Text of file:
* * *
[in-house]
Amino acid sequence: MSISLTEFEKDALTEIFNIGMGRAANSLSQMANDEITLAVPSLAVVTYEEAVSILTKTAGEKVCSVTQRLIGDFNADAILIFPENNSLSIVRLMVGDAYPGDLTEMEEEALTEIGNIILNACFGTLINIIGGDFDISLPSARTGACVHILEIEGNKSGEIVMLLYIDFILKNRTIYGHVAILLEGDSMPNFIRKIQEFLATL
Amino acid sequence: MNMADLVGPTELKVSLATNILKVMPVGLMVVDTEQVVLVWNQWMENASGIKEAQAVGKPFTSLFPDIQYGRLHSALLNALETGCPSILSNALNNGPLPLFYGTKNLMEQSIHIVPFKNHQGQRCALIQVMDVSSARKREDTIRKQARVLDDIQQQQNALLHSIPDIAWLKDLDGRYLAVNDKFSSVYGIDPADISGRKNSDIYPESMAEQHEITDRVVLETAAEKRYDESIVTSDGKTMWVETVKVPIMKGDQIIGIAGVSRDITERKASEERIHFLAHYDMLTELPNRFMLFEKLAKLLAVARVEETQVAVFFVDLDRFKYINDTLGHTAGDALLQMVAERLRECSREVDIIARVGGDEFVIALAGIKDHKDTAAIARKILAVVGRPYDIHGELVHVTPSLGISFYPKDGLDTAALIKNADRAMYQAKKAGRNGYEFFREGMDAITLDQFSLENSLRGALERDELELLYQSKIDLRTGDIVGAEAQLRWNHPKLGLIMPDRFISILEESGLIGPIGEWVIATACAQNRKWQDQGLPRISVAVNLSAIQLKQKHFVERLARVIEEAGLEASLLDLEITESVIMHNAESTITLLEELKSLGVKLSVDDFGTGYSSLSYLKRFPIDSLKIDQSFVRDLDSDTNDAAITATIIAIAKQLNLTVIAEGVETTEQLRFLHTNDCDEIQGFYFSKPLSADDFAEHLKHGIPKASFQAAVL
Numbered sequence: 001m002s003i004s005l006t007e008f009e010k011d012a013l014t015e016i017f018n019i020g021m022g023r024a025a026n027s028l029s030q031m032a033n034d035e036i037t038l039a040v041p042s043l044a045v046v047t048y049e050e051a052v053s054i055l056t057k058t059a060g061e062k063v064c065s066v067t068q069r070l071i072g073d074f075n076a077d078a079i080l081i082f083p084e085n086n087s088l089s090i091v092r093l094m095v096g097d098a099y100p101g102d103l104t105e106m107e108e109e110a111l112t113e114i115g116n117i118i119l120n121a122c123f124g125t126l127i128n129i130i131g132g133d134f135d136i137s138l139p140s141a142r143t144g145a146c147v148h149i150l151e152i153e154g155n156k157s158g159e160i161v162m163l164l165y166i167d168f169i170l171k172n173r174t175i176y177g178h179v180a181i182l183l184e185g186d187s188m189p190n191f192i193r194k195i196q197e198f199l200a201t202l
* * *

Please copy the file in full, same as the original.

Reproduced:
[in-house]
Amino acid sequence: MSISLTEFEKDALTEIFNIGMGRAANSLSQMANDEITLAVPSLAVVTYEEAVSILTKTAGEKVCSVTQRLIGDFNADAILIFPENNSLSIVRLMVGDAYPGDLTEMEEEALTEIGNIILNACFGTLINIIGGDFDISLPSARTGACVHILEIEGNKSGEIVMLLYIDFILKNRTIYGHVAILLEGDSMPNFIRKIQEFLATL
Amino acid sequence: MNMADLVGPTELKVSLATNILKVMPVGLMVVDTEQVVLVWNQWMENASGIKEAQAVGKPFTSLFPDIQYGRLHSALLNALETGCPSILSNALNNGPLPLFYGTKNLMEQSIHIVPFKNHQGQRCALIQVMDVSSARKREDTIRKQARVLDDIQQQQNALLHSIPDIAWLKDLDGRYLAVNDKFSSVYGIDPADISGRKNSDIYPESMAEQHEITDRVVLETAAEKRYDESIVTSDGKTMWVETVKVPIMKGDQIIGIAGVSRDITERKASEERIHFLAHYDMLTELPNRFMLFEKLAKLLAVARVEETQVAVFFVDLDRFKYINDTLGHTAGDALLQMVAERLRECSREVDIIARVGGDEFVIALAGIKDHKDTAAIARKILAVVGRPYDIHGELVHVTPSLGISFYPKDGLDTAALIKNADRAMYQAKKAGRNGYEFFREGMDAITLDQFSLENSLRGALERDELELLYQSKIDLRTGDIVGAEAQLRWNHPKLGLIMPDRFISILEESGLIGPIGEWVIATACAQNRKWQDQGLPRISVAVNLSAIQLKQKHFVERLARVIEEAGLEASLLDLEITESVIMHNAESTITLLEELKSLGVKLSVDDFGTGYSSLSYLKRFPIDSLKIDQSFVRDLDSDTNDAAITATIIAIAKQLNLTVIAEGVETTEQLRFLHTNDCDEIQGFYFSKPLSADDFAEHLKHGIPKASFQAAVL
Numbered sequence: 001m002s003i004s005l006t007e008f009e010k011d012a013l014t015e016i017f018n019i020g021m022g023r024a025a026n027s028l029s030q031m032a033n034d035e036i037t038l039a040v041p042s043l044a045v046v047t048y049e050e051a052v053s054i055l056t057k058t059a060g061e062k063v064c065s066v067t068q069r070l071i072g073d074f075n076a077d078a079i080l081i082f083p084e085n086n087s088l089s090i091v092r093l094m095v096g097d098a099y100p101g102d103l104t105e106m107e108e109e110a111l112t113e114i115g116n117i118i119l120n121a122c123f124g125t126l127i128n129i130i131g132g133d134f135d136i137s138l139p140s141a142r143t144g145a146c147v148h149i150l151e152i153e154g155n156k157s158g159e160i161v162m163l164l165y166i167d168f169i170l171k172n173r174t175i176y177g178h179v180a181i182l183l184e185g186d187s188m189p190n191f192i193r194k195i196q197e198f199l200a201t202l